It was bound to happen. After six years in a committed relationship, we decided to tie the knot. Marriage is a fine institution, and my new husband and I are pretty excited about it.
In this day and age, weddings can be whatever you want. Eloping Star Trek style in Vegas, a Caribbean getaway, small backyard gathering, traditional church vows… whatever suits the couple, it can be done. We chose a Kootenay park wedding. It definitely suits us.
For the feast, we wanted everything to be locally grown and/or produced. And if it wasn’t within 100 miles, then from British Columbia. Eating locally isn’t difficult, but it does require a certain level of commitment to make it happen — an ideal concept for a wedding feast. Luckily, we live in the Kootenays, with an incredible agricultural variety in the Creston Valley and throughout the region.
Since the food system isn’t built to promote local food, we’ve shifted our thinking and sometimes our points of purchase. Buying directly from farmers is quite empowering for a consumer. Additionally, our fantastic caterer will tell you that working with them to come up with delectable creations is loads of fun. To be sure, going local requires a bit of work, but it is worth it! When food has fewer AirMiles points, it tastes better and is more nutritious.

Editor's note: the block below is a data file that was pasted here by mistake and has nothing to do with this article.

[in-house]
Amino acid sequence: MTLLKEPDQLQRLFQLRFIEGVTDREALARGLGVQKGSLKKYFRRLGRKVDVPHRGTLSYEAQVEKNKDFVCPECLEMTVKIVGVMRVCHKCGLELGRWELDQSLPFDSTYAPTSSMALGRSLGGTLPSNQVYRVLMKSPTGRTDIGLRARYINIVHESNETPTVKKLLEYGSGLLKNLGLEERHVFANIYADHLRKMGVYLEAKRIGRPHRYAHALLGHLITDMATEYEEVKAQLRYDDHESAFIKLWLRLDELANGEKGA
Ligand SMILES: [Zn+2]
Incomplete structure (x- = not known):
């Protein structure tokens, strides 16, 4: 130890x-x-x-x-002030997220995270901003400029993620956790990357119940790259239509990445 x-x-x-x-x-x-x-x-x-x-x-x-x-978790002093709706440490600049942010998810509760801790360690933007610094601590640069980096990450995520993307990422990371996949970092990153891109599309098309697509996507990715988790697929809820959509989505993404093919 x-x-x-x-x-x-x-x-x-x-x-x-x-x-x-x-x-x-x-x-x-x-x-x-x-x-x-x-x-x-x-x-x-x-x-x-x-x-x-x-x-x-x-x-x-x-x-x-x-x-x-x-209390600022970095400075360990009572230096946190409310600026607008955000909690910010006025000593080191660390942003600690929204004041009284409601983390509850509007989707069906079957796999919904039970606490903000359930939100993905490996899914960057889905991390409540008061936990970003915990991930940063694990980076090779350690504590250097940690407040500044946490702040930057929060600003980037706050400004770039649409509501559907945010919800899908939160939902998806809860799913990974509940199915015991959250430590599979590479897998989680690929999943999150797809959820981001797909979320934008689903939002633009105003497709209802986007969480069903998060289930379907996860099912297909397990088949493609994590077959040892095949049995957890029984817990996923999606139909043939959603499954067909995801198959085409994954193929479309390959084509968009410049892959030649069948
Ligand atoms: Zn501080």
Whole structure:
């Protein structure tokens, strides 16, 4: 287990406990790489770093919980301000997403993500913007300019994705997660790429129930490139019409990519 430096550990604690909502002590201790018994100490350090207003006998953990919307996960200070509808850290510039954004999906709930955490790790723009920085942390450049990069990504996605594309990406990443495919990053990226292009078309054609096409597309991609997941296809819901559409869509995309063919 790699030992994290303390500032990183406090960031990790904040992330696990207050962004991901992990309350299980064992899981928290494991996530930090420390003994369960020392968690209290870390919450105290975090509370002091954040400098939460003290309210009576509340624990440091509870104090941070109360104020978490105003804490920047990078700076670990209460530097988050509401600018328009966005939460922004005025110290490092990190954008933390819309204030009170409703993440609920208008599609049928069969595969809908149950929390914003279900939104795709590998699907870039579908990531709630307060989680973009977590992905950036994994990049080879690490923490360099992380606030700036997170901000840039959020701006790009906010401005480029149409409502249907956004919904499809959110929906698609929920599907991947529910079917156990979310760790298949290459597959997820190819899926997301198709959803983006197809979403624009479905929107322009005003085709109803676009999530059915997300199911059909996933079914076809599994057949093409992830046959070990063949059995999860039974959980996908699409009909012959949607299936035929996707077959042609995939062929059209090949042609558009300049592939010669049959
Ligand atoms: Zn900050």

Although local food travels less, therefore using less fuel, it doesn’t cost less. In fact, going local can cost more. Add that to any wedding budget and couples can be tempted to abandon local food.
I’ll admit, we grappled with this. Weddings are costly as it is. And since we got married before the HST referendum ballots have been counted, we added another seven per cent to some of the largest wedding budget items, namely food and catering. This isn’t just a few pennies extra, but hundreds of dollars if not thousands when all the bills are paid.
When I spoke with other young couples putting together their wedding plans, they asked me about my local wedding feast. Everyone loves the idea, but they are hesitant about the extra cost. Add the HST to that, and they often find themselves unable to make it happen. It’s a frustrating scenario. Here we have people eager to support local farmers as they get hitched, but that seven per cent extra the HST adds to weddings is just enough to keep them from doing it.
Without a doubt, if we have less disposable income in our pockets, our choices become more limited, and it often means we can’t afford to support activities that may cost more but also have greater benefit to our communities — like buying local. No amount of paperwork efficiency or corporate tax credits will make up for the long-term loss of customers, as has been proven in other jurisdictions with growing wealth gaps (like BC) and a tax like the HST.
As you can tell, the HST put a damper on our wedding. Not only are we paying more so the big corporations can pay less, but we have to take out a loan to afford it. That means interest on top of a tax, paid directly to the banks. It is frustrating.
On a positive note, I got married and that is very exciting!
Nelson-Creston MLA Michelle Mungall’s column is featured once a month in the Star